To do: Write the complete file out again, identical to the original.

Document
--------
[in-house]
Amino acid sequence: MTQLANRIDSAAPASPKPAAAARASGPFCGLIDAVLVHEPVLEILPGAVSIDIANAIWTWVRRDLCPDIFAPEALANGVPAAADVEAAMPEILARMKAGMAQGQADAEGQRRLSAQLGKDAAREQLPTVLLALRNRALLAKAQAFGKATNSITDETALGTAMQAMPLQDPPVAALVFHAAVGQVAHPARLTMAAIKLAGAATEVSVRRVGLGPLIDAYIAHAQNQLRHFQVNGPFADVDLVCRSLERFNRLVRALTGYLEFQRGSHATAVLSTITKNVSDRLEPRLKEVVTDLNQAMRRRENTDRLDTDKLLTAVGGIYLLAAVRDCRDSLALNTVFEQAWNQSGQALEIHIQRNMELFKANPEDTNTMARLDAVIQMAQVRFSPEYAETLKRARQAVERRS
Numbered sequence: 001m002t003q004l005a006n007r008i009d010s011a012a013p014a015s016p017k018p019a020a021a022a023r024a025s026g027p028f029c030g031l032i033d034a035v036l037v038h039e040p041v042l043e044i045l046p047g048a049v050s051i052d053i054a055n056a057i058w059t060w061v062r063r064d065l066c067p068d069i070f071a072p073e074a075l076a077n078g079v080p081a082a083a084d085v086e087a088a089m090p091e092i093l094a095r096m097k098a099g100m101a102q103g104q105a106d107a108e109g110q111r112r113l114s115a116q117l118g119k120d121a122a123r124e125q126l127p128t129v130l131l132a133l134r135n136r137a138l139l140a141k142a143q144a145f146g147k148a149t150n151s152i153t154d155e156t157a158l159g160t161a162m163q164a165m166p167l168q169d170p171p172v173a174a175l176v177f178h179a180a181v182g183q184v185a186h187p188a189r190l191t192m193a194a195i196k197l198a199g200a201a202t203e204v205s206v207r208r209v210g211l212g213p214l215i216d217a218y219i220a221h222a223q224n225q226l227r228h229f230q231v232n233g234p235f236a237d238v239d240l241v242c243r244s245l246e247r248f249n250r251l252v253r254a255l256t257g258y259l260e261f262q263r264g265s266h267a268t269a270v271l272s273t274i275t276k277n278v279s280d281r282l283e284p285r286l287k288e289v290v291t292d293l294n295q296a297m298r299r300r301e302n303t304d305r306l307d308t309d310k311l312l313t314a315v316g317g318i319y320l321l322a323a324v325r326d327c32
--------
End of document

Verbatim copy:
[in-house]
Amino acid sequence: MTQLANRIDSAAPASPKPAAAARASGPFCGLIDAVLVHEPVLEILPGAVSIDIANAIWTWVRRDLCPDIFAPEALANGVPAAADVEAAMPEILARMKAGMAQGQADAEGQRRLSAQLGKDAAREQLPTVLLALRNRALLAKAQAFGKATNSITDETALGTAMQAMPLQDPPVAALVFHAAVGQVAHPARLTMAAIKLAGAATEVSVRRVGLGPLIDAYIAHAQNQLRHFQVNGPFADVDLVCRSLERFNRLVRALTGYLEFQRGSHATAVLSTITKNVSDRLEPRLKEVVTDLNQAMRRRENTDRLDTDKLLTAVGGIYLLAAVRDCRDSLALNTVFEQAWNQSGQALEIHIQRNMELFKANPEDTNTMARLDAVIQMAQVRFSPEYAETLKRARQAVERRS
Numbered sequence: 001m002t003q004l005a006n007r008i009d010s011a012a013p014a015s016p017k018p019a020a021a022a023r024a025s026g027p028f029c030g031l032i033d034a035v036l037v038h039e040p041v042l043e044i045l046p047g048a049v050s051i052d053i054a055n056a057i058w059t060w061v062r063r064d065l066c067p068d069i070f071a072p073e074a075l076a077n078g079v080p081a082a083a084d085v086e087a088a089m090p091e092i093l094a095r096m097k098a099g100m101a102q103g104q105a106d107a108e109g110q111r112r113l114s115a116q117l118g119k120d121a122a123r124e125q126l127p128t129v130l131l132a133l134r135n136r137a138l139l140a141k142a143q144a145f146g147k148a149t150n151s152i153t154d155e156t157a158l159g160t161a162m163q164a165m166p167l168q169d170p171p172v173a174a175l176v177f178h179a180a181v182g183q184v185a186h187p188a189r190l191t192m193a194a195i196k197l198a199g200a201a202t203e204v205s206v207r208r209v210g211l212g213p214l215i216d217a218y219i220a221h222a223q224n225q226l227r228h229f230q231v232n233g234p235f236a237d238v239d240l241v242c243r244s245l246e247r248f249n250r251l252v253r254a255l256t257g258y259l260e261f262q263r264g265s266h267a268t269a270v271l272s273t274i275t276k277n278v279s280d281r282l283e284p285r286l287k288e289v290v291t292d293l294n295q296a297m298r299r300r301e302n303t304d305r306l307d308t309d310k311l312l313t314a315v316g317g318i319y320l321l322a323a324v325r326d327c32